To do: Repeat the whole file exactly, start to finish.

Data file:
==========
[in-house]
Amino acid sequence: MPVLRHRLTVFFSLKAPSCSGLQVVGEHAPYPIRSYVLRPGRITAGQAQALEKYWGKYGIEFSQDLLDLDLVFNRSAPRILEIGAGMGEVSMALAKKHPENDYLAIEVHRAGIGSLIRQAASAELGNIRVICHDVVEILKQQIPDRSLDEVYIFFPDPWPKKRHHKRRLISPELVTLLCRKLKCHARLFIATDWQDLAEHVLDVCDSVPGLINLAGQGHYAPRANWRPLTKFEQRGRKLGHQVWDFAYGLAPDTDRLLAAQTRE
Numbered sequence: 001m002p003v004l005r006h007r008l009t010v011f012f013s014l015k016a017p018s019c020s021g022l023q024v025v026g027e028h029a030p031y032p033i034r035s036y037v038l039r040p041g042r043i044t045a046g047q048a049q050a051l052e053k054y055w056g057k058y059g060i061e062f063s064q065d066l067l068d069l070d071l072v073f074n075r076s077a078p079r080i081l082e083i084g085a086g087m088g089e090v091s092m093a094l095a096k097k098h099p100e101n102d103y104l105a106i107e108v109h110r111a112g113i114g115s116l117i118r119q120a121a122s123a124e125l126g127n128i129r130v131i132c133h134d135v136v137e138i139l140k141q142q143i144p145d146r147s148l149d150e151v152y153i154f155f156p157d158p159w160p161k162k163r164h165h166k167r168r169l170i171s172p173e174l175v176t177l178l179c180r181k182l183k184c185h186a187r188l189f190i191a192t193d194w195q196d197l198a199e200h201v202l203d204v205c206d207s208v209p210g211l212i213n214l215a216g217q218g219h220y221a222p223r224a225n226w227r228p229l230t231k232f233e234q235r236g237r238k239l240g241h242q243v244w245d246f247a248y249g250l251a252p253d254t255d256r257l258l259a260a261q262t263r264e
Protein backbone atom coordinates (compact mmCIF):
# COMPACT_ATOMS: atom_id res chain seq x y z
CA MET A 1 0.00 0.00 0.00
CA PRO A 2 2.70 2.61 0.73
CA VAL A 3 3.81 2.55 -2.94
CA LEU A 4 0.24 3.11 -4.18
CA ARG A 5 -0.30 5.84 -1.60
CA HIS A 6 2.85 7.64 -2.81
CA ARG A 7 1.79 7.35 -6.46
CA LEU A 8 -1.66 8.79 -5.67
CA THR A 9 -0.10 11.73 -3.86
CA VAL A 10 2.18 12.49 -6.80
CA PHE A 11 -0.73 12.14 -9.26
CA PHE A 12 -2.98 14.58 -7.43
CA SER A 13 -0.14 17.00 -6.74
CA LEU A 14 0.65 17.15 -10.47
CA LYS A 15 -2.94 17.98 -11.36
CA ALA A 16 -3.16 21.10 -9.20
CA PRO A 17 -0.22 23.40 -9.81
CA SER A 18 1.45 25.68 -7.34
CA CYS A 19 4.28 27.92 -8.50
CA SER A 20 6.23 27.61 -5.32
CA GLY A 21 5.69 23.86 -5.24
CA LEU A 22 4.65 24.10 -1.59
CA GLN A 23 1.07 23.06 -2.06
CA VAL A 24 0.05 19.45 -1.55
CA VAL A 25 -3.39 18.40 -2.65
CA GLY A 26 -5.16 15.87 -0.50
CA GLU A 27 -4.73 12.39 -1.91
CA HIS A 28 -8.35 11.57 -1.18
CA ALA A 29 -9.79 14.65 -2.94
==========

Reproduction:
[in-house]
Amino acid sequence: MPVLRHRLTVFFSLKAPSCSGLQVVGEHAPYPIRSYVLRPGRITAGQAQALEKYWGKYGIEFSQDLLDLDLVFNRSAPRILEIGAGMGEVSMALAKKHPENDYLAIEVHRAGIGSLIRQAASAELGNIRVICHDVVEILKQQIPDRSLDEVYIFFPDPWPKKRHHKRRLISPELVTLLCRKLKCHARLFIATDWQDLAEHVLDVCDSVPGLINLAGQGHYAPRANWRPLTKFEQRGRKLGHQVWDFAYGLAPDTDRLLAAQTRE
Numbered sequence: 001m002p003v004l005r006h007r008l009t010v011f012f013s014l015k016a017p018s019c020s021g022l023q024v025v026g027e028h029a030p031y032p033i034r035s036y037v038l039r040p041g042r043i044t045a046g047q048a049q050a051l052e053k054y055w056g057k058y059g060i061e062f063s064q065d066l067l068d069l070d071l072v073f074n075r076s077a078p079r080i081l082e083i084g085a086g087m088g089e090v091s092m093a094l095a096k097k098h099p100e101n102d103y104l105a106i107e108v109h110r111a112g113i114g115s116l117i118r119q120a121a122s123a124e125l126g127n128i129r130v131i132c133h134d135v136v137e138i139l140k141q142q143i144p145d146r147s148l149d150e151v152y153i154f155f156p157d158p159w160p161k162k163r164h165h166k167r168r169l170i171s172p173e174l175v176t177l178l179c180r181k182l183k184c185h186a187r188l189f190i191a192t193d194w195q196d197l198a199e200h201v202l203d204v205c206d207s208v209p210g211l212i213n214l215a216g217q218g219h220y221a222p223r224a225n226w227r228p229l230t231k232f233e234q235r236g237r238k239l240g241h242q243v244w245d246f247a248y249g250l251a252p253d254t255d256r257l258l259a260a261q262t263r264e
Protein backbone atom coordinates (compact mmCIF):
# COMPACT_ATOMS: atom_id res chain seq x y z
CA MET A 1 0.00 0.00 0.00
CA PRO A 2 2.70 2.61 0.73
CA VAL A 3 3.81 2.55 -2.94
CA LEU A 4 0.24 3.11 -4.18
CA ARG A 5 -0.30 5.84 -1.60
CA HIS A 6 2.85 7.64 -2.81
CA ARG A 7 1.79 7.35 -6.46
CA LEU A 8 -1.66 8.79 -5.67
CA THR A 9 -0.10 11.73 -3.86
CA VAL A 10 2.18 12.49 -6.80
CA PHE A 11 -0.73 12.14 -9.26
CA PHE A 12 -2.98 14.58 -7.43
CA SER A 13 -0.14 17.00 -6.74
CA LEU A 14 0.65 17.15 -10.47
CA LYS A 15 -2.94 17.98 -11.36
CA ALA A 16 -3.16 21.10 -9.20
CA PRO A 17 -0.22 23.40 -9.81
CA SER A 18 1.45 25.68 -7.34
CA CYS A 19 4.28 27.92 -8.50
CA SER A 20 6.23 27.61 -5.32
CA GLY A 21 5.69 23.86 -5.24
CA LEU A 22 4.65 24.10 -1.59
CA GLN A 23 1.07 23.06 -2.06
CA VAL A 24 0.05 19.45 -1.55
CA VAL A 25 -3.39 18.40 -2.65
CA GLY A 26 -5.16 15.87 -0.50
CA GLU A 27 -4.73 12.39 -1.91
CA HIS A 28 -8.35 11.57 -1.18
CA ALA A 29 -9.79 14.65 -2.94